March 27, 2012
Vol. 18, No. 16
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The Comeback Year

Tech Goalie
Goaltender Josh Robinson had a great season, posting three shutouts.

To say the hockey Huskies had a good year is an understatement.

They defeated then-No. 3 Denver, No. 2 Minnesota, and No. 1 Minnesota Duluth. They increased their point total by twenty over the previous year. They won four times as many games as the year before and more games than the previous three years combined. They scored one more goal per game and gave up 1.5 fewer per game. They advanced to the WCHA Final Five and lost in overtime to Denver, who went on to the NCAA tournament. And they did this all with essentially the same players.

But the head coach was different.

Mel Pearson ’81 was awarded the WCHA Coach of the Year, and his players couldn’t agree more. We caught up with a couple of seniors: Brett Olson and Josh Robinson.

“Right when we met him, when he was interviewing, we could tell he was interested in the program,” said Olson, the senior captain from Superior, Wisconsin. “We could tell he had faith in the guys in the locker room. He’s easy to talk to, and he’s personable.”

Robinson, the senior goaltender, agreed, “When we came to the rink we could be loose and have a good time, but when we stepped onto the ice, he expected nothing less than 100 percent effort and concentration for the time we are out there. He places a large emphasis on team defense but wants everyone to skate and be able to transition to offense and create chances.”

Olson appreciated the increased tempo of the game.

“Coach emphasized skating and picking up the pace while controlling the puck,” Olson said. “And we had no limits to our offensive creativity, if we had rock-solid defense, too. If we made sure of the D, the offense would take care of itself.”

The biggest surprise?

“All of the guys in the lineup chipping in,” he said. “The overall quality of games the guys had. We realized how good we could be, when we beat Wisconsin, Minnesota, and Denver. We played with confidence, we expected to win games.”

seniors
The seniors say goodbye by kissing the ice
.

Pearson’s goal was to change the culture of staff and the team, Olson said. That was key.

“This season even when we got down a goal or two, we were always confident that we were going to win,” Robinson added. “It’s a huge change when everyone believes and has the confidence we are going to win.”

Olson and Robinson shared a personal highlight: tying and shutting out Duluth on the road. Olson grew up next door. “I had a lot of friends and family there.”

“And beating Wisconsin is always nice,” he added. “Growing up in Wisconsin, you always want to beat the bigger schools.”

As for the future, Olson is trying to catch on with an AHL/NHL organization, but he must wait for the signing of players to shake out.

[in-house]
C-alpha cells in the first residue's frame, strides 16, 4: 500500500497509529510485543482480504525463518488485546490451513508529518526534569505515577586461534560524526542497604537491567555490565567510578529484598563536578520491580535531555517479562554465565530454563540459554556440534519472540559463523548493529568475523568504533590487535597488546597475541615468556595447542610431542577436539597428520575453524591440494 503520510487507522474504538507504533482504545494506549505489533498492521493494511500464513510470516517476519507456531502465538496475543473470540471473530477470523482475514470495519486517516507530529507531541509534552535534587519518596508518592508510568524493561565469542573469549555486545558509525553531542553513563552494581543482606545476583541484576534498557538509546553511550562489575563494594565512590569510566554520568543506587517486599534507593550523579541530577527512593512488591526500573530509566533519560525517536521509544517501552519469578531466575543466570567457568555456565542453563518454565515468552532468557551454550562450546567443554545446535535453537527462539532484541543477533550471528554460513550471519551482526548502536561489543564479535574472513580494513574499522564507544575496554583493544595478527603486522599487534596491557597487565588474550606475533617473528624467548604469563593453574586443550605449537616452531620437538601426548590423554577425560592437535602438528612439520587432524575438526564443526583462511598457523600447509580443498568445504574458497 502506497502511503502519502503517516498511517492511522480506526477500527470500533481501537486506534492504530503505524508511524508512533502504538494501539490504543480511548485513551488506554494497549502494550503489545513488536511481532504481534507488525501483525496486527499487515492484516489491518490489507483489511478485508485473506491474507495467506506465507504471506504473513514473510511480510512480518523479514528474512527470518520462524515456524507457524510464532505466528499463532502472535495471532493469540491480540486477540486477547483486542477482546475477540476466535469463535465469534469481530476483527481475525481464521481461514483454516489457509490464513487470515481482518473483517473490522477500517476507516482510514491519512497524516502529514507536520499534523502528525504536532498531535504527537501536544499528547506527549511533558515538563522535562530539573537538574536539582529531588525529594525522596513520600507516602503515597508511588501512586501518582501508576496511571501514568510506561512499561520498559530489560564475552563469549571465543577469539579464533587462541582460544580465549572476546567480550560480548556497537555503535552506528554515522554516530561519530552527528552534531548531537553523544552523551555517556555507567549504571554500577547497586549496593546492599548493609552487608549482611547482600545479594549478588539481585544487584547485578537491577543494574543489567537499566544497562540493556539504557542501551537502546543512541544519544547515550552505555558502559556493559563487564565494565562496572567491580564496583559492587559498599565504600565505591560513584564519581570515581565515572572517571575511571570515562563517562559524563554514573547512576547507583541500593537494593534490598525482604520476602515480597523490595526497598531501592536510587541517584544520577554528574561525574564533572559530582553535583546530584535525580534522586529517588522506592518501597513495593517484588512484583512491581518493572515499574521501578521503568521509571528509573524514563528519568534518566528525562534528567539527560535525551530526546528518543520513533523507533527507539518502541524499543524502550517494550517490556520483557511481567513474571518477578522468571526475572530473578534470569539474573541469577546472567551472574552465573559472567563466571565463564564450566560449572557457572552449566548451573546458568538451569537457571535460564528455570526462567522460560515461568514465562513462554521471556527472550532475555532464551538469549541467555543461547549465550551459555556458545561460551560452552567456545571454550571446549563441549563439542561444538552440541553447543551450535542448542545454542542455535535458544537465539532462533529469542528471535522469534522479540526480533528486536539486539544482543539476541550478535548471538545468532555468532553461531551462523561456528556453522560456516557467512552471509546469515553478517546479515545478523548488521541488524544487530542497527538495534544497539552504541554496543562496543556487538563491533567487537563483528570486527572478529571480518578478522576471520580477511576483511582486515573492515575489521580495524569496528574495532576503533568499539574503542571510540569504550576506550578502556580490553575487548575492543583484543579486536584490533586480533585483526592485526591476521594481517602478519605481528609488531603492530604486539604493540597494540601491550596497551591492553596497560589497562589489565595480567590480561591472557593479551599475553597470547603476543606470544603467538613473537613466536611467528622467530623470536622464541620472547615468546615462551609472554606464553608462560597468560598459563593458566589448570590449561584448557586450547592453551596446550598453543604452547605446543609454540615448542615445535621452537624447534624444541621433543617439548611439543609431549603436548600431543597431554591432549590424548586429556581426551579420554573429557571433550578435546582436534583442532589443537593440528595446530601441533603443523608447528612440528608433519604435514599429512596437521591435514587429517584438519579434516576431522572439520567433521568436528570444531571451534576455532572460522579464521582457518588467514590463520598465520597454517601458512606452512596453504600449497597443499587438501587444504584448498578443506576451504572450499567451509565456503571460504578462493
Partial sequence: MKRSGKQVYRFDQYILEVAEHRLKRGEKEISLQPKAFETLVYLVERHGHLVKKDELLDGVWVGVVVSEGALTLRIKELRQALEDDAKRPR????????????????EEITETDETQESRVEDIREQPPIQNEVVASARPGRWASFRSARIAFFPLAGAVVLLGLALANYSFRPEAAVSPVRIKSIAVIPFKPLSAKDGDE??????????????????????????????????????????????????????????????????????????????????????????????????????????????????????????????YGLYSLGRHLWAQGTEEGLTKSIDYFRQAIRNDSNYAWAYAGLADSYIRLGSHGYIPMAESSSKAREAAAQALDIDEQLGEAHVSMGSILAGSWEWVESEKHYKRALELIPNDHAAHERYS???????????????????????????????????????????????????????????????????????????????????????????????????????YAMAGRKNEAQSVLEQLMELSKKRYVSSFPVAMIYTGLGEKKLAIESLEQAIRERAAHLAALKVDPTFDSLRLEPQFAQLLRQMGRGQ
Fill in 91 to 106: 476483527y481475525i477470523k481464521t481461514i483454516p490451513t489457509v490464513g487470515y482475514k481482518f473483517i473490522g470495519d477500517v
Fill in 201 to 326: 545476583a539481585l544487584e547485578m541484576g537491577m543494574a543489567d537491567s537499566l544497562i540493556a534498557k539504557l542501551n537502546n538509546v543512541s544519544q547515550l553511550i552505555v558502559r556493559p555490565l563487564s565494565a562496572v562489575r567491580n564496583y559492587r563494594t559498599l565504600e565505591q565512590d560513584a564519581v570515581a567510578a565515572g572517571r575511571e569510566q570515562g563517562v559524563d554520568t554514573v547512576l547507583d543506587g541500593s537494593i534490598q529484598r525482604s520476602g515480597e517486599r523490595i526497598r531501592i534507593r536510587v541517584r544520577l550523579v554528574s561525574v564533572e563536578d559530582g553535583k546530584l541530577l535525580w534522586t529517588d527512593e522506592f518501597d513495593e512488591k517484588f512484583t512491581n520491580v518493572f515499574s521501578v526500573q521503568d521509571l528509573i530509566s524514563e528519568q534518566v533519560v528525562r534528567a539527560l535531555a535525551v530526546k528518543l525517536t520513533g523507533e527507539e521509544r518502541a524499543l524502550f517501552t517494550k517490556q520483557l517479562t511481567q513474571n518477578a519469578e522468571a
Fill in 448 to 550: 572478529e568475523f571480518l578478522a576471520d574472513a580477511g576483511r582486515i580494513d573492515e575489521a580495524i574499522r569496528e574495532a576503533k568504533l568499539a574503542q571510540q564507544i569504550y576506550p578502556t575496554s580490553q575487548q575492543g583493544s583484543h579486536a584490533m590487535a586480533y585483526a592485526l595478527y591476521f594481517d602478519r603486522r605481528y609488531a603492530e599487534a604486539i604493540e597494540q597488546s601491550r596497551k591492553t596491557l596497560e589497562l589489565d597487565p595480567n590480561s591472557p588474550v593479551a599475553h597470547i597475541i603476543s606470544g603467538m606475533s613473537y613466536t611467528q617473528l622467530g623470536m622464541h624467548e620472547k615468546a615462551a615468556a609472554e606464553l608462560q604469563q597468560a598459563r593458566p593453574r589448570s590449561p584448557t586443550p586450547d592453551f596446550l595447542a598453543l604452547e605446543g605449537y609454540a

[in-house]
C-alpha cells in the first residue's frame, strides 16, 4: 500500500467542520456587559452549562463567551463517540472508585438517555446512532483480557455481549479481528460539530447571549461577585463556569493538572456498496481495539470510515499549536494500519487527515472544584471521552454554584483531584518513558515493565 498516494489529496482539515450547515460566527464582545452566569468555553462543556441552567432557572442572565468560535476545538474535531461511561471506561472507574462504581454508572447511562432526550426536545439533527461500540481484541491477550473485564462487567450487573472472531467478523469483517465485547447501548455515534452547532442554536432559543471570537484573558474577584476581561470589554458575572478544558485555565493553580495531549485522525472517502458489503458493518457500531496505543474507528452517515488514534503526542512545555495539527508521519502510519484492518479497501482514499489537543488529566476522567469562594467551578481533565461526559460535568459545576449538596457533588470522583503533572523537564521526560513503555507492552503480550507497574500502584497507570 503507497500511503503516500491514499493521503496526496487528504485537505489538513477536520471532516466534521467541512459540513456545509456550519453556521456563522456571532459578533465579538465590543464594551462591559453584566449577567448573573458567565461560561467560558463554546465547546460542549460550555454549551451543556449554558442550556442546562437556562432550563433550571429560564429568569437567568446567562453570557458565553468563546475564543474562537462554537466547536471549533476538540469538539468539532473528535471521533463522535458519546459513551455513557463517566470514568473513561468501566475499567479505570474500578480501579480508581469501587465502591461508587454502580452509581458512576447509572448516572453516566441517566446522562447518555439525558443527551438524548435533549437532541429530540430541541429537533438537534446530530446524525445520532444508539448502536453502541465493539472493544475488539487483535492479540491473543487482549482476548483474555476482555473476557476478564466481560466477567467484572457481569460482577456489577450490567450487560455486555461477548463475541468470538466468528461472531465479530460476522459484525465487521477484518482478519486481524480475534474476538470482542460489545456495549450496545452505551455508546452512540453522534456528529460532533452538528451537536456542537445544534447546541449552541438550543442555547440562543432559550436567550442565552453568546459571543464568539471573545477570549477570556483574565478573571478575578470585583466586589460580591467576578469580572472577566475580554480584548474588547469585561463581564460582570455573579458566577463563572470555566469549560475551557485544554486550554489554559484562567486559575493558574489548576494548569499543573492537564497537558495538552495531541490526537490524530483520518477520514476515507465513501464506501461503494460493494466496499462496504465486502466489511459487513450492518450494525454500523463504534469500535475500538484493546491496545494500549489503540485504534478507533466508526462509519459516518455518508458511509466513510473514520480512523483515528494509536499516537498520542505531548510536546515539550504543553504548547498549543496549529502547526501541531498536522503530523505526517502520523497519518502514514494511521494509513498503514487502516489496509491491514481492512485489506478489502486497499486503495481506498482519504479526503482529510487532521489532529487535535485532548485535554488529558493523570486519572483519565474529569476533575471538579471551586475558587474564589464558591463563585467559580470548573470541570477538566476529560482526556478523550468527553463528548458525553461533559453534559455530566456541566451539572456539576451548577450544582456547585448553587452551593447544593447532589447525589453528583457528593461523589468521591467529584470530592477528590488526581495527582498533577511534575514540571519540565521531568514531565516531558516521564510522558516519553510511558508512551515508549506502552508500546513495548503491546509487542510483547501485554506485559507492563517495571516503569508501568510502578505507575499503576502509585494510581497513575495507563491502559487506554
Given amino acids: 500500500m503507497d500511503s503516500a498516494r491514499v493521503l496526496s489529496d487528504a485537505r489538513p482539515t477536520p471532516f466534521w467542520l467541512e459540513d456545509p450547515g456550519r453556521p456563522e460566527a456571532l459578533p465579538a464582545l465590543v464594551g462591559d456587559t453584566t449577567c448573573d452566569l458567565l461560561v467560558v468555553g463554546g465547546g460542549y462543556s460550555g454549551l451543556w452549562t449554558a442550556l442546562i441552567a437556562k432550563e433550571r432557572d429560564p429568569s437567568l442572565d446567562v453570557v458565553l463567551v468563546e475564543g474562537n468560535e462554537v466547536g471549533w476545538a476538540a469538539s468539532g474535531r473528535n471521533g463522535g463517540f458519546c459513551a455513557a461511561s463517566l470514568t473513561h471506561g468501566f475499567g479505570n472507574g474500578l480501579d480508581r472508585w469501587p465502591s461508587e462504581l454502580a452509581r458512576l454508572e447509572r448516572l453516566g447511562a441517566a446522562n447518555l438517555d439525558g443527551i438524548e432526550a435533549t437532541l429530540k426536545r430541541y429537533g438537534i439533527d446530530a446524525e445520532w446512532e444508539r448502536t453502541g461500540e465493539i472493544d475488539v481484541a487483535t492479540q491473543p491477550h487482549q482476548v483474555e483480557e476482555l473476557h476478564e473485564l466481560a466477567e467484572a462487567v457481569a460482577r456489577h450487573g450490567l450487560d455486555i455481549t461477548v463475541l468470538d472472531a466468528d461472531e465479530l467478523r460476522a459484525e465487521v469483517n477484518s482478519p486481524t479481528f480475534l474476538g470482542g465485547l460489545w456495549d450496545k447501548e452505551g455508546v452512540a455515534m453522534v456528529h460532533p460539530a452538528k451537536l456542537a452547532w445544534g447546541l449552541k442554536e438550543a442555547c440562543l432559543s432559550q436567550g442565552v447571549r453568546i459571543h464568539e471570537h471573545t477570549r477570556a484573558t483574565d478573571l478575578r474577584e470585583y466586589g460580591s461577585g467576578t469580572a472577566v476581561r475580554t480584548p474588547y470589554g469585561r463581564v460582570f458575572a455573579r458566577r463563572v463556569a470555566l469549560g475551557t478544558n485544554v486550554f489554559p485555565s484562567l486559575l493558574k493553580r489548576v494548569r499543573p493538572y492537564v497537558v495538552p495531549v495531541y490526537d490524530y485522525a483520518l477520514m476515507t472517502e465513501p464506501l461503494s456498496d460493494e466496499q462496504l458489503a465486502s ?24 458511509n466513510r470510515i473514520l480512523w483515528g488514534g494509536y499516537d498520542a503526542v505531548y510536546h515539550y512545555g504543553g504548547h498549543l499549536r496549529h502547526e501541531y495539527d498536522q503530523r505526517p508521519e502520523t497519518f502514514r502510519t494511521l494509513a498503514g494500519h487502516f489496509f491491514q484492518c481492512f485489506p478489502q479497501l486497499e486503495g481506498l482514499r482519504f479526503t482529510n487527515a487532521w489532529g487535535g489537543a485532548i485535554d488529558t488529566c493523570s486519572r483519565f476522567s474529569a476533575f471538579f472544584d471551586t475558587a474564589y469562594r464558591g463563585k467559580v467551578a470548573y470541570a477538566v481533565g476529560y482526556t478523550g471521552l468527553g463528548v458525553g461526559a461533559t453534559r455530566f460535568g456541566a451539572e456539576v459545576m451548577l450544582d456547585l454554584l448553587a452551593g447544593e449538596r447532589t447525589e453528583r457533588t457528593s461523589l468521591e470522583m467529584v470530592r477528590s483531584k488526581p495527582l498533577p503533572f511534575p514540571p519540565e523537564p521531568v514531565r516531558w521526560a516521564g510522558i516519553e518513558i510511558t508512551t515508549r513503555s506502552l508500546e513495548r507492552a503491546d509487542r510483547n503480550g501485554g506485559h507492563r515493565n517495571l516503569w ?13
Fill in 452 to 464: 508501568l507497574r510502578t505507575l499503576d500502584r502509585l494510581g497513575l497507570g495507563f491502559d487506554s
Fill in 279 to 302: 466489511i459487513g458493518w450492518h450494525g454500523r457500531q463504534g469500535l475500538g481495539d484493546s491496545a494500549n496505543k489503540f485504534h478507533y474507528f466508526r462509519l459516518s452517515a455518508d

He’ll have a degree in exercise science, psych minor, and coaching certificate, too, after April 28, and some possibilities in orthopedic sales also exist.

“After I go home for a bit, I’m going to Minneapolis to train,” he said. It sounded like that included some golf, too.

Robinson will be training in Minneapolis, too, with goalie coach Steve Shields. The business administration major wants to extend his playing time, also, and his golf game needs improvement, he said.

I told them that we won't forget the team that turned it around.

Dennis

Snowfall Totals
Total to date: 130.5"
On the ground: 0"
In the last week: 0" (Is it over?)

At Tech

What Should Be Done About the Disappearing Wolves of Isle Royale?

wolves
The number of wolves at Isle Royale National Park has dipped to nine—the lowest number seen since Michigan Tech’s wolf-moose predator-prey study began 54 years ago. What should be done if this furry icon of wilderness culture dies out altogether? More

Chemical Engineering Students Place First and Third in Competition

Mel Pearson
Two graduate students from Michigan Tech, Brett Spigarelli and Howard Haselhuhn, took first and third place in the Minerals and Metallurgical Processing Journal Student Poster Contest, held Feb. 22 in Seattle. Both are PhD candidates in chemical engineering. More

Getting the Lead Out

rna
About 250,000 children in the United States have high levels of lead in their systems, say the Centers for Disease Control. Children under the age of 6 are especially vulnerable to lead poisoning, which can severely affect mental and physical development. At very high levels, lead poisoning can be fatal. More

Alumni Around the World

Alumni Jazz Lab Band Rocks the Rozsa!

alumni jazz band
The Rozsa Center was filled with great jazz and a large crowd Saturday night, in celebration of 45 years of jazz at Tech. It was also the 12 Annual Don Keranen Memorial Concert.